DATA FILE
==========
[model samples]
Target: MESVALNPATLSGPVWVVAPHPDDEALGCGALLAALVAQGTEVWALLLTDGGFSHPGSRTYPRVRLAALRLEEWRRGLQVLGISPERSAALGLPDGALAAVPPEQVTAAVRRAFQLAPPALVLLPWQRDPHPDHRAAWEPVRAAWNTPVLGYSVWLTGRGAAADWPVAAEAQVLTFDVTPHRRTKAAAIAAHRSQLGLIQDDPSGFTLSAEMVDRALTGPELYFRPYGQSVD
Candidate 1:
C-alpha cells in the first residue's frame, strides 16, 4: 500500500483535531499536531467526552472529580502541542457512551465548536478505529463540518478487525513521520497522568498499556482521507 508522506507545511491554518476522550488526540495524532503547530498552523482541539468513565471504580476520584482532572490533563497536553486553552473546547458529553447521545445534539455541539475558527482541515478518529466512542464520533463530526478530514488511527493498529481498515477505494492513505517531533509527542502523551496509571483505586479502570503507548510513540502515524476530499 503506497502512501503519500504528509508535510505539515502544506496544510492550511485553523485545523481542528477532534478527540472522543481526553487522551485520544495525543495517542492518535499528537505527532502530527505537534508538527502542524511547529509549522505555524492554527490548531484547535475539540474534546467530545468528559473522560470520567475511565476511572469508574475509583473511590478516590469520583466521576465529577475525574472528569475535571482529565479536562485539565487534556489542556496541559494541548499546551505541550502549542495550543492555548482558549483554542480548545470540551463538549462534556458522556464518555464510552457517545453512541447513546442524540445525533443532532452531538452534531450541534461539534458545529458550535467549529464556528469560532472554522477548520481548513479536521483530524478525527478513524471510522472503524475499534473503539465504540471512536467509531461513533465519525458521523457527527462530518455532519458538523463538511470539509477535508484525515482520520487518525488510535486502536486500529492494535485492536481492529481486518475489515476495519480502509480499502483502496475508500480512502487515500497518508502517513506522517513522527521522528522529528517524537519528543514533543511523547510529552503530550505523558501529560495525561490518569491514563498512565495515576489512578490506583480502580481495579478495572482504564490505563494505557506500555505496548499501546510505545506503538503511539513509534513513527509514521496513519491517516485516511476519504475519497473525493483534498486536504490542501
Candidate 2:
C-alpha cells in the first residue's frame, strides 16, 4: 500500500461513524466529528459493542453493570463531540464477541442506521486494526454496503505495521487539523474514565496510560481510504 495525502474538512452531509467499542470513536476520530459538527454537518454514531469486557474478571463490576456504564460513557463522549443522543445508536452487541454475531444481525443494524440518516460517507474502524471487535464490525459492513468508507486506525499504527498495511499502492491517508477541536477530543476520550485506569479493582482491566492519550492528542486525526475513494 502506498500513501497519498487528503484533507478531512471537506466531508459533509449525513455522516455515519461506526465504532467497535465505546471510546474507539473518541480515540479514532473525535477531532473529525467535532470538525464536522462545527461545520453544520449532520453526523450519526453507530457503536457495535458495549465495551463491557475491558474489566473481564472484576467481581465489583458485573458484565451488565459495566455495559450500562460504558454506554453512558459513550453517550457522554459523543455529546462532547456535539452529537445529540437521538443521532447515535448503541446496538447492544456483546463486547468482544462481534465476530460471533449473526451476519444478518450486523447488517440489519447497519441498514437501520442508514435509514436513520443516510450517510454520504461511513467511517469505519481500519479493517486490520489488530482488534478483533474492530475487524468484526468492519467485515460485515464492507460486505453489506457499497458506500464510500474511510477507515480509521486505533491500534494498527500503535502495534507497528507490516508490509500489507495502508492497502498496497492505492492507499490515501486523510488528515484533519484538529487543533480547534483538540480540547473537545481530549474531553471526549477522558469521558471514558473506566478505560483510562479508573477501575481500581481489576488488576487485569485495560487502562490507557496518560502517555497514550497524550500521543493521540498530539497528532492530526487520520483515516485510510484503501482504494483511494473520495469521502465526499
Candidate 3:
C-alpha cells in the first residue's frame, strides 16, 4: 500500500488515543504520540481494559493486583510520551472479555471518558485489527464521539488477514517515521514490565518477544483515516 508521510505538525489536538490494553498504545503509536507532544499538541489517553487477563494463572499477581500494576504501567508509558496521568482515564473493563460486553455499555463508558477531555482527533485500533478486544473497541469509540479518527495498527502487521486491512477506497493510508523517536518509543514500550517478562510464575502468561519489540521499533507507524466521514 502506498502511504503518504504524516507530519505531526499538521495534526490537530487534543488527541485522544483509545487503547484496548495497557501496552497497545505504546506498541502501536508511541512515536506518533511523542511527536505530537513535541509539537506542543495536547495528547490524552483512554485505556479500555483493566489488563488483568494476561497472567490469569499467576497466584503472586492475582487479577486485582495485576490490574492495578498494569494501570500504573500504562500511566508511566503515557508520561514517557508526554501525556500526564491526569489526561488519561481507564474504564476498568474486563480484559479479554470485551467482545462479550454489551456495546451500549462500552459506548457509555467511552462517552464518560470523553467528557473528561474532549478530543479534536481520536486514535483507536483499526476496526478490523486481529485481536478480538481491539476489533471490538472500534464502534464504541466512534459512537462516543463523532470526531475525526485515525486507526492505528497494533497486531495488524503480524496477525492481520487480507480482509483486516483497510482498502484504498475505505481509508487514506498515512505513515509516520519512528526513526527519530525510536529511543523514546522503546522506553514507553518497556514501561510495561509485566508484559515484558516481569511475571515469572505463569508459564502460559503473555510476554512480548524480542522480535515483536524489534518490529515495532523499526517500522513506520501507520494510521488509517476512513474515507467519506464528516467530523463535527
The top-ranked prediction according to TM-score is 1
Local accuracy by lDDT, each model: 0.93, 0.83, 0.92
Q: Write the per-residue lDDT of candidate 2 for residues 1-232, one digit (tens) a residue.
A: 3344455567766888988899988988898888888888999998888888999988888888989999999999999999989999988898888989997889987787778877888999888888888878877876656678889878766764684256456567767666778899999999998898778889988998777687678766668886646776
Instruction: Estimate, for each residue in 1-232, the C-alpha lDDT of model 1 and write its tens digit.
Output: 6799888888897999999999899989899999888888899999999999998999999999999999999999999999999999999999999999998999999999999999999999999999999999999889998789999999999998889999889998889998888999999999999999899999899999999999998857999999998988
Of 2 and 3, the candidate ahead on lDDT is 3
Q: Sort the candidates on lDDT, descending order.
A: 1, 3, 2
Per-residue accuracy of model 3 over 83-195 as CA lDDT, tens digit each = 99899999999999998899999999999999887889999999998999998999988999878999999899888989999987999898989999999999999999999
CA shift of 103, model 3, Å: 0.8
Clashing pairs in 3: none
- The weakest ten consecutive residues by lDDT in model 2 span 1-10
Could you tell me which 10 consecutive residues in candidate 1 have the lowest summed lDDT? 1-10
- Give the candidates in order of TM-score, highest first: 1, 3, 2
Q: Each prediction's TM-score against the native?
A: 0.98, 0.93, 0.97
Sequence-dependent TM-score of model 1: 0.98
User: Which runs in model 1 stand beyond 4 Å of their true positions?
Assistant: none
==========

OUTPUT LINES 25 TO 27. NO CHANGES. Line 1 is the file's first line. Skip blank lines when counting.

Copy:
A: 0.98, 0.93, 0.97
Sequence-dependent TM-score of model 1: 0.98
User: Which runs in model 1 stand beyond 4 Å of their true positions?